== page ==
Equifax, a leading credit reporting agency, said today it had been breached by cyber criminals, exposing the names, social security numbers and other sensitive data of as many as 143 million United States consumers. Officials said the reported cybersecurity breach could be one of the largest in U.S. history.
Hackers reportedly exploited a website application vulnerability to gain access to certain Equifax consumer files sometime between May and July 2017. Details of the manner in which the cyber criminals accessed the Equifax system were not immediately revealed.
Equifax officials said they were working to determine the cause and manner of the massive breach, which also affected certain UK and Canadian residents. The company set up a website for consumers to check if their information was involved in the breach as well as a dedicated call center to handle consumer questions at 866-447-7559.
“This is clearly a disappointing event for our company, and one that strikes at the heart of who we are and what we do. I apologize to consumers and our business customers for the concern and frustration this causes,” said Chairman and Chief Executive Officer, Richard F. Smith. “We pride ourselves on being a leader in managing and protecting data, and we are conducting a thorough review of our overall security operations. We also are focused on consumer protection and have developed a comprehensive portfolio of services to support all U.S. consumers, regardless of whether they were impacted by this incident.”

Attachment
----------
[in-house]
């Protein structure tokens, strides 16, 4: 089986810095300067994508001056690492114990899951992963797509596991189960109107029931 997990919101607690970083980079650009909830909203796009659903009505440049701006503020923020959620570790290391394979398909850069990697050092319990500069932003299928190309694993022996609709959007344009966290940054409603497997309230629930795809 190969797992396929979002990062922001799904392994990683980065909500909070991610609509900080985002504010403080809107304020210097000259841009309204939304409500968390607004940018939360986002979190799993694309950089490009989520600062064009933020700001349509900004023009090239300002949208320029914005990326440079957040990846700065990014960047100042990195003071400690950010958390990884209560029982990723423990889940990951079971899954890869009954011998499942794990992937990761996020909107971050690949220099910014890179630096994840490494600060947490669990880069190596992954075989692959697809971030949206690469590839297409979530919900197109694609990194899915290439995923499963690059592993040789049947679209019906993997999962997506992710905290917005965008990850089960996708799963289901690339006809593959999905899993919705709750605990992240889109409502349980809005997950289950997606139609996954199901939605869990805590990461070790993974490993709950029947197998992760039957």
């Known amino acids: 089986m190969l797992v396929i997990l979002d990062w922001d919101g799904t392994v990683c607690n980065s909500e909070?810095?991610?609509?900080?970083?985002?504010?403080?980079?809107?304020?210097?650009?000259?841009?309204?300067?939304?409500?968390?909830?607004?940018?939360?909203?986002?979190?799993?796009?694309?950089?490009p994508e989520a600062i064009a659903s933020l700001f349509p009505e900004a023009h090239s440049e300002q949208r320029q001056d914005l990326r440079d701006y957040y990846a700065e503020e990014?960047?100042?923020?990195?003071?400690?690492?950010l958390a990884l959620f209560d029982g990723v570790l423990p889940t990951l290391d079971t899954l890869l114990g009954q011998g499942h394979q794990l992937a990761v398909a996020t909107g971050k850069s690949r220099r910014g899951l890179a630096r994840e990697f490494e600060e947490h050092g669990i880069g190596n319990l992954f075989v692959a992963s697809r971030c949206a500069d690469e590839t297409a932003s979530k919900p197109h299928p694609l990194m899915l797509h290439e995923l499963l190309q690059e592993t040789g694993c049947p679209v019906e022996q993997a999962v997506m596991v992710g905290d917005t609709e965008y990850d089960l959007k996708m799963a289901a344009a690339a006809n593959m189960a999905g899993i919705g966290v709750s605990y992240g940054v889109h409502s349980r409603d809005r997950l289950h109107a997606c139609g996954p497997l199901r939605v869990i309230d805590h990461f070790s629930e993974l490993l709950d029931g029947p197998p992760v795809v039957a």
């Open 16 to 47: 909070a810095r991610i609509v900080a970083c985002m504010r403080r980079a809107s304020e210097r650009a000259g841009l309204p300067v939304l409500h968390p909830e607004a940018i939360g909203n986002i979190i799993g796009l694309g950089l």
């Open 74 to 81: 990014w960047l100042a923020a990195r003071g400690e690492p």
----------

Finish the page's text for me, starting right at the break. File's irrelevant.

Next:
Proficio Reacts to Equifax Breach
John Humphreys, Proficio Senior VP of Business Development and Alliances, said the Equifax breach demonstrates the vulnerabilities of web applications, which often are not properly secured by developers or scanned for weaknesses by IT officials.
“The recent Equifax Breach is doubly unfortunate,” Humphreys said. “On one count, vulnerabilities to web applications have been well understood for many years. One would hope that software developers are following publicized guidelines to produce secure code and their counterparts in IT security are using commercial tools to scan for vulnerabilities. Second, there will be significant impact on a huge number of consumers. The type of data stolen will be very valuable for cybercriminals planning to commit identity theft or bank fraud.”
Today’s massive Equifax breach should serve as a warning to all companies and organizations about the importance of maintaining solid cybersecurity. As a result of lax monitoring of its security, Equifax is now suffering a public relations nightmare, damage to its brand and a financial disaster that could take years to clean up.
Proficio’s Director of Cyber Defense, Steve Groom, weighed in on the Equifax breach by sharing that threat actors around the world are highly motivated to steal personal identities and financial information because it yields the highest return on the black market, making headlines like this attack, which seem like a daily occurrence.